(k) Research and Development Costs

Research and development activities undertaken with the prospect of gaining new scientific or technical knowledge and understanding are expensed as incurred. The costs of developing new products are capitalized as deferred development costs, if they meet the development capitalization criteria under IFRS. These criteria include the ability to measure development costs reliably, the product is technically, and commercially feasible, future economic benefits are probable, and the Company intends to and has sufficient resources to complete development and to use or sell the asset. To date, all the research and development costs have been expensed as the criteria for capitalization have not yet been met.

(l) Earnings (loss) per Share

Basic earnings (loss) per share are calculated using the weighted-average number of common shares outstanding during the year. Diluted earnings (loss) per share considers the dilutive impact of the exercise of 925,782 outstanding stock options (December 31, 2017 – 591,609) and 13,901,859 warrants, (December 31, 2017– 5,108,588) as if the events had occurred at the beginning of the period or at a time of issuance, if later. Diluted loss per share has not been presented in the accompanying financial statements, as the effect would be anti-dilutive.

(m) Investment tax credits

As a result of incurring scientific research and development expenditures, management has estimated that there will be non-refundable federal and refundable and non-refundable provincial investment tax credits receivable following the completion of an audit process by tax authorities. Investment tax credits are recorded when received or when there is reasonable assurance that the credits will be realized. Upon recognition, amounts will be recorded as a reduction of research and development expenditures.

(n) Financial Instruments

Financial assets include cash and cash equivalents, and amounts receivable which are measured at amortized cost. Amounts receivable include HST recoverable and other receivables. Financial liabilities include accounts payable and accrued liabilities which are measured at amortized cost.

(o) Short term Employee Benefits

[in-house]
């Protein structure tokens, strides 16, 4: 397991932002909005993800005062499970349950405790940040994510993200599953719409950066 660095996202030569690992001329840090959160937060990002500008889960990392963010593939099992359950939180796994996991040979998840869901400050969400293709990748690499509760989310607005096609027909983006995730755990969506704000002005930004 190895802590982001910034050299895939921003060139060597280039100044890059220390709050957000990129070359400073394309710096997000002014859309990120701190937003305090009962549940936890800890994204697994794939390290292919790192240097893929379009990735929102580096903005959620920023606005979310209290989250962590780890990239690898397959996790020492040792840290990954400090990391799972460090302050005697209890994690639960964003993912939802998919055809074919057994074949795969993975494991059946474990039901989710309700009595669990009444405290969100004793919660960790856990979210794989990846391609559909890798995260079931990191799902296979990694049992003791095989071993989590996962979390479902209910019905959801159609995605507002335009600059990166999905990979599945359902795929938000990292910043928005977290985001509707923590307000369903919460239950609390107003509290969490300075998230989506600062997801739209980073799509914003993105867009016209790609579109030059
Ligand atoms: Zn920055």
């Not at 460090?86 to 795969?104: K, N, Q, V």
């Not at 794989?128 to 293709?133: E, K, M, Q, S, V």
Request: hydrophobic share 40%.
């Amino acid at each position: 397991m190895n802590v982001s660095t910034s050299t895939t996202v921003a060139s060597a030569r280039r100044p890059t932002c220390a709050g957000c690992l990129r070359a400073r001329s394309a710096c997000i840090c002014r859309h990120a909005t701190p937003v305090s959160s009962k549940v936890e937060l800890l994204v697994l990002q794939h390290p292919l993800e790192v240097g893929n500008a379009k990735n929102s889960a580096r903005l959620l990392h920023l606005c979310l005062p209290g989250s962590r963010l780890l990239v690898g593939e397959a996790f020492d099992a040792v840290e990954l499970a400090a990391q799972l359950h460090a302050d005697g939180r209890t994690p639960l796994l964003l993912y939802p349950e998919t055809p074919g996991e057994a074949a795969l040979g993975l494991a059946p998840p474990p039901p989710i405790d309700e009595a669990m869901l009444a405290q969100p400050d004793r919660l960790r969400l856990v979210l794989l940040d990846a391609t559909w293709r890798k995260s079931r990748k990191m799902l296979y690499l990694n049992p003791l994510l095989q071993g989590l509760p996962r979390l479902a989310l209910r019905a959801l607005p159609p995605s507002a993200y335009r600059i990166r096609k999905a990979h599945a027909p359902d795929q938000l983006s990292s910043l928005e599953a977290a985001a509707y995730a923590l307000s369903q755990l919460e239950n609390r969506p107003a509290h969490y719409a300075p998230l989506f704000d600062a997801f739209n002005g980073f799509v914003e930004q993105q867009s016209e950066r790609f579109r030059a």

Short-term employee benefit obligations including Company paid medical, dental and life insurance plans, are measured on an undiscounted basis and are expensed as the related service is provided.

(p) Provisions

A provision is recognized, if as a result of a past event, the Company has a present legal or constructive obligation that can be estimated reliably, and it is probable that an outflow of economic benefits will be required to settle the obligation. Presently the Company is not aware of the need for any material provisions nor has it recorded any except as otherwise disclosed in the financial statements.

(q) Lease payments

Payments made under operating leases are recognized as an expense on a straight-line basis over the term of the lease. Lease incentives received, if any, are recognized as an integral part of the total lease expense over the term of the lease.


(r) Standards, Amendments and Interpretations Not yet Effective

Following is a listing of amendments, revisions and new IFRS standards, which have been issued but not effective until annual periods beginning after December 31, 2018.

IFRS 16 Leases, to supersede the requirements in IAS 17, IFRIC-15 and SIC-17. The new standard is effective for annual periods beginning on or after January 1, 2019.

Management believes the new standard, effective January 1, 2019 will not have a material impact on future results and Financial Position of the Company.

Adoption Of New Accounting Standard

IFRS 9 Financial Instruments

Effective January 1, 2018, the Company adopted IFRS 9 Financial Instruments (IFRS 9) which replaced IAS 39, Financial Instruments: Recognition and Measurement (IAS 39). IFRS 9 includes revised guidance on the classification and measurement of financial assets and liabilities; new guidance for measuring impairment on financial assets; and new hedge accounting guidance.

On adoption of IFRS 9, the Company has classified the financial assets and financial liabilities held at January 1, 2018, based on the new classification requirements and the characteristics of each financial instrument as at the transition date. The new classification did not require a restatement of prior periods.

The following table shows the original classification under IAS 39 and the new classification under IFRS 9 for each of the Company’s financial assets and financial liabilities at January 1, 2018, (there is no change to the carrying amounts of the financial instruments from this change).


Financial Instrument


IAS 39 Classification



Financial Asset      
Cash and cash equivalents    Loans and receivables    Amortized cost
Amounts receivable    Loans and receivables    Amortized cost
Financial Liabilities      
Accounts payable and accrued liabilities    Other financial liabilities    Amortized Cost